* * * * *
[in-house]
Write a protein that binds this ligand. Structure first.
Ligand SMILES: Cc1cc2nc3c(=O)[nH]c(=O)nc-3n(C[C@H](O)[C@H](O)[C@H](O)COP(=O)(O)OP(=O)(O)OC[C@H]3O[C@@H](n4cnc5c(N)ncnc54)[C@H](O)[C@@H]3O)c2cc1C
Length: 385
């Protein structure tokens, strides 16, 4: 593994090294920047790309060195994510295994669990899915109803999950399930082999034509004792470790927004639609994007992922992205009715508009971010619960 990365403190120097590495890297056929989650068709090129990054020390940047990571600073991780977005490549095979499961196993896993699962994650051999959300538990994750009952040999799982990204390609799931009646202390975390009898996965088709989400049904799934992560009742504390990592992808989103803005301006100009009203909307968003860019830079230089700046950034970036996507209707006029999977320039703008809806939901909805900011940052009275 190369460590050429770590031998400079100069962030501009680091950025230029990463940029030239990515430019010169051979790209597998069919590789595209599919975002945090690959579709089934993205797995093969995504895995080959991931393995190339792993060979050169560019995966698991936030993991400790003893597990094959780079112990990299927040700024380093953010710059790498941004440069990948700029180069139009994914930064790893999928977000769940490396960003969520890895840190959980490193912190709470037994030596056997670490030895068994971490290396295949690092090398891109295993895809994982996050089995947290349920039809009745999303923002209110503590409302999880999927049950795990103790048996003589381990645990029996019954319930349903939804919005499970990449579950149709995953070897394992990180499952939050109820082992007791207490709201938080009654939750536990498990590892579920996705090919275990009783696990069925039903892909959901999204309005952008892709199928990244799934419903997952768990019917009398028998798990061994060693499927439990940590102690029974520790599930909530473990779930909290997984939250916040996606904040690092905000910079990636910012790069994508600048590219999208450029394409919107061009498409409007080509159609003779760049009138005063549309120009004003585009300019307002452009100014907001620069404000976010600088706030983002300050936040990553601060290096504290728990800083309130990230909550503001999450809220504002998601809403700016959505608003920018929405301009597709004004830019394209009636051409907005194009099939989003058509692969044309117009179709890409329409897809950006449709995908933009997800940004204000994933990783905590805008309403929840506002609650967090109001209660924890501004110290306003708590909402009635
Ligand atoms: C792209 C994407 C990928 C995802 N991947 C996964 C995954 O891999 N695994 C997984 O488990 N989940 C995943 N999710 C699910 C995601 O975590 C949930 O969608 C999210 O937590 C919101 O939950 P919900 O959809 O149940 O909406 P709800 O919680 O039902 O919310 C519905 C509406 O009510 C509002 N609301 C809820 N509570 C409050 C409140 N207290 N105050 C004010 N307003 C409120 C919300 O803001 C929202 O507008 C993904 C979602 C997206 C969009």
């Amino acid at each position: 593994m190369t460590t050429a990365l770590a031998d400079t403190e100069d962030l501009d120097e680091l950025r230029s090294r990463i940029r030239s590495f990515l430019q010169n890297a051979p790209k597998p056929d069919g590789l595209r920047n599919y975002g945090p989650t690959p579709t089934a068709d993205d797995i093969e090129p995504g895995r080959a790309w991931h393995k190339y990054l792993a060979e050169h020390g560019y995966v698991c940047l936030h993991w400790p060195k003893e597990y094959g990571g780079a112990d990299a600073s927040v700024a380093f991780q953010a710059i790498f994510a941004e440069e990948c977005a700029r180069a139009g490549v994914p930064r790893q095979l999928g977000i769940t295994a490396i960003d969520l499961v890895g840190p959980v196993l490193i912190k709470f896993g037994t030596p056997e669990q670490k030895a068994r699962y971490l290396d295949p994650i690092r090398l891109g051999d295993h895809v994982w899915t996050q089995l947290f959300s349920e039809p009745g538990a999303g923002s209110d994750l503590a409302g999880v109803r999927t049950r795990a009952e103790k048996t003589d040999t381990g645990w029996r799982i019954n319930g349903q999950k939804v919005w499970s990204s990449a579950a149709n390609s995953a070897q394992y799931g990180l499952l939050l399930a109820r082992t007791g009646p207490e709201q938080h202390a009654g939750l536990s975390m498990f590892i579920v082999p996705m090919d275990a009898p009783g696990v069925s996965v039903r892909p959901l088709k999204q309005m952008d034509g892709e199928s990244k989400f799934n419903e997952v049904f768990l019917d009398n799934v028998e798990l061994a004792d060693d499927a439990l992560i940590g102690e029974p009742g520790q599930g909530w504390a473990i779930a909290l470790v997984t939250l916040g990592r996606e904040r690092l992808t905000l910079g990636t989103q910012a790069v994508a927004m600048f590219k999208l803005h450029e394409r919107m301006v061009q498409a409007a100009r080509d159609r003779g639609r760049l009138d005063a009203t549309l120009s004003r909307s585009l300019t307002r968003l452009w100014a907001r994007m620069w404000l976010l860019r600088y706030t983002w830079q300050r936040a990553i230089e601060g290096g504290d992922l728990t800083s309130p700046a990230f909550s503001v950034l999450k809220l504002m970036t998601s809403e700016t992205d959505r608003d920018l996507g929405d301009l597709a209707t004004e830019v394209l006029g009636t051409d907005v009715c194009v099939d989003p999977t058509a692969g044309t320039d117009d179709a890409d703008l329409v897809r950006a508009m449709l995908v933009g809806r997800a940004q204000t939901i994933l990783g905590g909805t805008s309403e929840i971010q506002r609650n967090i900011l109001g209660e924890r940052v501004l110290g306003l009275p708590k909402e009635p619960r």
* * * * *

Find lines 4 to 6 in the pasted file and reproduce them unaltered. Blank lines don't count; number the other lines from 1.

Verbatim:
Length: 385
């Protein structure tokens, strides 16, 4: 593994090294920047790309060195994510295994669990899915109803999950399930082999034509004792470790927004639609994007992922992205009715508009971010619960 990365403190120097590495890297056929989650068709090129990054020390940047990571600073991780977005490549095979499961196993896993699962994650051999959300538990994750009952040999799982990204390609799931009646202390975390009898996965088709989400049904799934992560009742504390990592992808989103803005301006100009009203909307968003860019830079230089700046950034970036996507209707006029999977320039703008809806939901909805900011940052009275 190369460590050429770590031998400079100069962030501009680091950025230029990463940029030239990515430019010169051979790209597998069919590789595209599919975002945090690959579709089934993205797995093969995504895995080959991931393995190339792993060979050169560019995966698991936030993991400790003893597990094959780079112990990299927040700024380093953010710059790498941004440069990948700029180069139009994914930064790893999928977000769940490396960003969520890895840190959980490193912190709470037994030596056997670490030895068994971490290396295949690092090398891109295993895809994982996050089995947290349920039809009745999303923002209110503590409302999880999927049950795990103790048996003589381990645990029996019954319930349903939804919005499970990449579950149709995953070897394992990180499952939050109820082992007791207490709201938080009654939750536990498990590892579920996705090919275990009783696990069925039903892909959901999204309005952008892709199928990244799934419903997952768990019917009398028998798990061994060693499927439990940590102690029974520790599930909530473990779930909290997984939250916040996606904040690092905000910079990636910012790069994508600048590219999208450029394409919107061009498409409007080509159609003779760049009138005063549309120009004003585009300019307002452009100014907001620069404000976010600088706030983002300050936040990553601060290096504290728990800083309130990230909550503001999450809220504002998601809403700016959505608003920018929405301009597709004004830019394209009636051409907005194009099939989003058509692969044309117009179709890409329409897809950006449709995908933009997800940004204000994933990783905590805008309403929840506002609650967090109001209660924890501004110290306003708590909402009635
Ligand atoms: C792209 C994407 C990928 C995802 N991947 C996964 C995954 O891999 N695994 C997984 O488990 N989940 C995943 N999710 C699910 C995601 O975590 C949930 O969608 C999210 O937590 C919101 O939950 P919900 O959809 O149940 O909406 P709800 O919680 O039902 O919310 C519905 C509406 O009510 C509002 N609301 C809820 N509570 C409050 C409140 N207290 N105050 C004010 N307003 C409120 C919300 O803001 C929202 O507008 C993904 C979602 C997206 C969009």